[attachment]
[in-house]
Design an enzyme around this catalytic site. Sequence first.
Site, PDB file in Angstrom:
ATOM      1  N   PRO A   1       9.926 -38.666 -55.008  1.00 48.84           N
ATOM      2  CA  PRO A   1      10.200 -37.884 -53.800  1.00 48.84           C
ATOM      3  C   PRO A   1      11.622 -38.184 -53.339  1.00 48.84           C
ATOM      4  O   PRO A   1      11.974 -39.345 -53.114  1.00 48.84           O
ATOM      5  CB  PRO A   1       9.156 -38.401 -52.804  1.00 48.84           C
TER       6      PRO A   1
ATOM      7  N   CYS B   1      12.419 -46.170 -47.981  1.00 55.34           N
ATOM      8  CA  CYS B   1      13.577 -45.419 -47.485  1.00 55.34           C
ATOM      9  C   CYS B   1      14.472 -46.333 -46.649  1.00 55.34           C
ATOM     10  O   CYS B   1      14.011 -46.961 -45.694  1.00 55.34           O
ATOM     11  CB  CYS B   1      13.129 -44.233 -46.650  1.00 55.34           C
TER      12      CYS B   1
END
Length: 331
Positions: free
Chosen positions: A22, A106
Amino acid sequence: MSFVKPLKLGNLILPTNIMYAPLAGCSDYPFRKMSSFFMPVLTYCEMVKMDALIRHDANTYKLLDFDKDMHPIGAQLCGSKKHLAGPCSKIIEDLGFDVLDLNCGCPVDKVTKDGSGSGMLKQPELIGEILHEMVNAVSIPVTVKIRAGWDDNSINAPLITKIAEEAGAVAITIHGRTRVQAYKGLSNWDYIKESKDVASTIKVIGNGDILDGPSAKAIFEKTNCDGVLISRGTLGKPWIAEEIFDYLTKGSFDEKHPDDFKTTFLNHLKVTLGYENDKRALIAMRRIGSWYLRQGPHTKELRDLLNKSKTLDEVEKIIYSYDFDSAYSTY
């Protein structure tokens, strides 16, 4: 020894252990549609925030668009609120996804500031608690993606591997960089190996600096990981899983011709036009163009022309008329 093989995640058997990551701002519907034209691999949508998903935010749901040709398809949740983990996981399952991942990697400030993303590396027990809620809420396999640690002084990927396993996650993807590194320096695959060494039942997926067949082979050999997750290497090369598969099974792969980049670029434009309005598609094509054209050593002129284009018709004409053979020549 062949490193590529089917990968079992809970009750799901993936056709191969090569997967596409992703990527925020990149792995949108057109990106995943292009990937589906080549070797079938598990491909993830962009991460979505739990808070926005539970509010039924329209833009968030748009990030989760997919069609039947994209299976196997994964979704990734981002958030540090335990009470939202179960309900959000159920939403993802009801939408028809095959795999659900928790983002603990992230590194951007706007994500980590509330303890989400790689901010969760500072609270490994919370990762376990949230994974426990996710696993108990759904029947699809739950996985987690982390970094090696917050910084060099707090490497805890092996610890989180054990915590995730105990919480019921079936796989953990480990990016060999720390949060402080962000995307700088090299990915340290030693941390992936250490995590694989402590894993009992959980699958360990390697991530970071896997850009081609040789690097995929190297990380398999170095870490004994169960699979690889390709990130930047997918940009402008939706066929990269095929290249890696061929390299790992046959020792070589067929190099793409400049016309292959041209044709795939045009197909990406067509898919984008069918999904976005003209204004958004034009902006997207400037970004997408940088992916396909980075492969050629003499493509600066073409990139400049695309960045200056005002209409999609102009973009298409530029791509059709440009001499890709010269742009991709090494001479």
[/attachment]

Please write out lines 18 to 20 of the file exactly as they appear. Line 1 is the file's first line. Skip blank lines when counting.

Positions: free
Chosen positions: A22, A106
Amino acid sequence: MSFVKPLKLGNLILPTNIMYAPLAGCSDYPFRKMSSFFMPVLTYCEMVKMDALIRHDANTYKLLDFDKDMHPIGAQLCGSKKHLAGPCSKIIEDLGFDVLDLNCGCPVDKVTKDGSGSGMLKQPELIGEILHEMVNAVSIPVTVKIRAGWDDNSINAPLITKIAEEAGAVAITIHGRTRVQAYKGLSNWDYIKESKDVASTIKVIGNGDILDGPSAKAIFEKTNCDGVLISRGTLGKPWIAEEIFDYLTKGSFDEKHPDDFKTTFLNHLKVTLGYENDKRALIAMRRIGSWYLRQGPHTKELRDLLNKSKTLDEVEKIIYSYDFDSAYSTY